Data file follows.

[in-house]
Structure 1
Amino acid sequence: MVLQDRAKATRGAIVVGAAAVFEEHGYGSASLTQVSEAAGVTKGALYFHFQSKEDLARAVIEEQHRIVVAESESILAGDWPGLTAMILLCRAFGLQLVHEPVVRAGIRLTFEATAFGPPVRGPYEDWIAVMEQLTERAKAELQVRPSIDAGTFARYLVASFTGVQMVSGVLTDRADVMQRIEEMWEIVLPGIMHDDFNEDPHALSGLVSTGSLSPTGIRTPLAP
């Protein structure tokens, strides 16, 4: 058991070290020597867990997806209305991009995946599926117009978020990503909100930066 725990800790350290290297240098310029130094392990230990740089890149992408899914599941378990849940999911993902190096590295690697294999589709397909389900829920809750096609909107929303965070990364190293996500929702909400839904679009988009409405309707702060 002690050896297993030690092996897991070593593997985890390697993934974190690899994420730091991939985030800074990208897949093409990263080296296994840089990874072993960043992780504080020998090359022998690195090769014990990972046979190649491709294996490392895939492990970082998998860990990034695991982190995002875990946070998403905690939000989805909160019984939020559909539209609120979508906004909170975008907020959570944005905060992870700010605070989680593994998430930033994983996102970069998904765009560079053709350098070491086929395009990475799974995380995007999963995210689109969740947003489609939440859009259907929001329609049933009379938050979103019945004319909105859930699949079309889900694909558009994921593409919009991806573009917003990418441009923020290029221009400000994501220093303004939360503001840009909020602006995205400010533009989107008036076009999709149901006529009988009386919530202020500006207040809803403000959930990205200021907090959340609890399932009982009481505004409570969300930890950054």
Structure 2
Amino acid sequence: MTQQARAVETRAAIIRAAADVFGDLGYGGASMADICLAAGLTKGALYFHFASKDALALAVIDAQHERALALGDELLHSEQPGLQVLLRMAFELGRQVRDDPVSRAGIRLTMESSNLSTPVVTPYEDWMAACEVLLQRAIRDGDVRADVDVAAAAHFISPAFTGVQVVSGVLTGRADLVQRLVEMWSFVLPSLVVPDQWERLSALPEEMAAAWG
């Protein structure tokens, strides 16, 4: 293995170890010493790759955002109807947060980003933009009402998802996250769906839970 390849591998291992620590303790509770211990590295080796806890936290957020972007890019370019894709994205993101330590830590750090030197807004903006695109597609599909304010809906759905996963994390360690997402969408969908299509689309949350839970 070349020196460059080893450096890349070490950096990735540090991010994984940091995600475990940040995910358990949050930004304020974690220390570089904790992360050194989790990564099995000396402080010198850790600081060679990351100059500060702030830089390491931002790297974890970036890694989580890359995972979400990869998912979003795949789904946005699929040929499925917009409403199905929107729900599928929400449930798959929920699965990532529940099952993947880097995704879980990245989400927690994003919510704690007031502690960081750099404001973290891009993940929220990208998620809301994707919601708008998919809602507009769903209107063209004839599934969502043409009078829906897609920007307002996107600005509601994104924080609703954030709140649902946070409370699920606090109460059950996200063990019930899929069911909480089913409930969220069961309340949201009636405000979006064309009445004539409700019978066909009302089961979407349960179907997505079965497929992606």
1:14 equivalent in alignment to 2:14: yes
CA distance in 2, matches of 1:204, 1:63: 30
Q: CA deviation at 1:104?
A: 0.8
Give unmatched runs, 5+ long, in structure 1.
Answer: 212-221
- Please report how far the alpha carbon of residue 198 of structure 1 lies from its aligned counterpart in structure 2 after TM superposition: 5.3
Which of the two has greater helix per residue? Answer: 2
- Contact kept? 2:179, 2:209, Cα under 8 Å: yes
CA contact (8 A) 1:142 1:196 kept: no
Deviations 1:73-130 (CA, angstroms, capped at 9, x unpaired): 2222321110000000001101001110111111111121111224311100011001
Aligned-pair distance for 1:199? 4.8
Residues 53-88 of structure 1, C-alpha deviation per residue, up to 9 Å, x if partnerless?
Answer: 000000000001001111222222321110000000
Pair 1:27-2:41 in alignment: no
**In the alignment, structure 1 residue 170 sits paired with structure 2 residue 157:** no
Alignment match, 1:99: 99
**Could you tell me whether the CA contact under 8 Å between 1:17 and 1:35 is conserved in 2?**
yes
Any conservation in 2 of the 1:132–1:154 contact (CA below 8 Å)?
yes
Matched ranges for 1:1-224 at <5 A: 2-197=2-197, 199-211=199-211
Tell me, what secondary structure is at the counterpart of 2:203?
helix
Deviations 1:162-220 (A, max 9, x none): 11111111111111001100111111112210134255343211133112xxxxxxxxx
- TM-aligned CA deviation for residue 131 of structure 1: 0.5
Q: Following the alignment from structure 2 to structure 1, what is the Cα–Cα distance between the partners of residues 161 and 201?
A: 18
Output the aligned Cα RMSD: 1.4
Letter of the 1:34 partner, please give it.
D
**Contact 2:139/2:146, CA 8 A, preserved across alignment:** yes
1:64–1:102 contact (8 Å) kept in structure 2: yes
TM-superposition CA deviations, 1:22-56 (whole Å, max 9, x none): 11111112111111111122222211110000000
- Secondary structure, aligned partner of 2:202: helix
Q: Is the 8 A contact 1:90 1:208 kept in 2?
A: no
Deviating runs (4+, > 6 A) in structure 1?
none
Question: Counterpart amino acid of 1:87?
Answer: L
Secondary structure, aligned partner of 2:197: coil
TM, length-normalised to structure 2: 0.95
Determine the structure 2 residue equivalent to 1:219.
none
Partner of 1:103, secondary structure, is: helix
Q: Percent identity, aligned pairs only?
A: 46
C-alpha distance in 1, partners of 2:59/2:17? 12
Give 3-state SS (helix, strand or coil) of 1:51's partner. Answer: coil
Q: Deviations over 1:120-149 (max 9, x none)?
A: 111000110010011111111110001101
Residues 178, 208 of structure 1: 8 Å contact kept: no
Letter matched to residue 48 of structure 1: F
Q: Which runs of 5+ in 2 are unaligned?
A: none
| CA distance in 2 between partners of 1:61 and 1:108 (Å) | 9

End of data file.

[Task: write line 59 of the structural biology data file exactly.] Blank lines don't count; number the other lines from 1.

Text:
A: 111000110010011111111110001101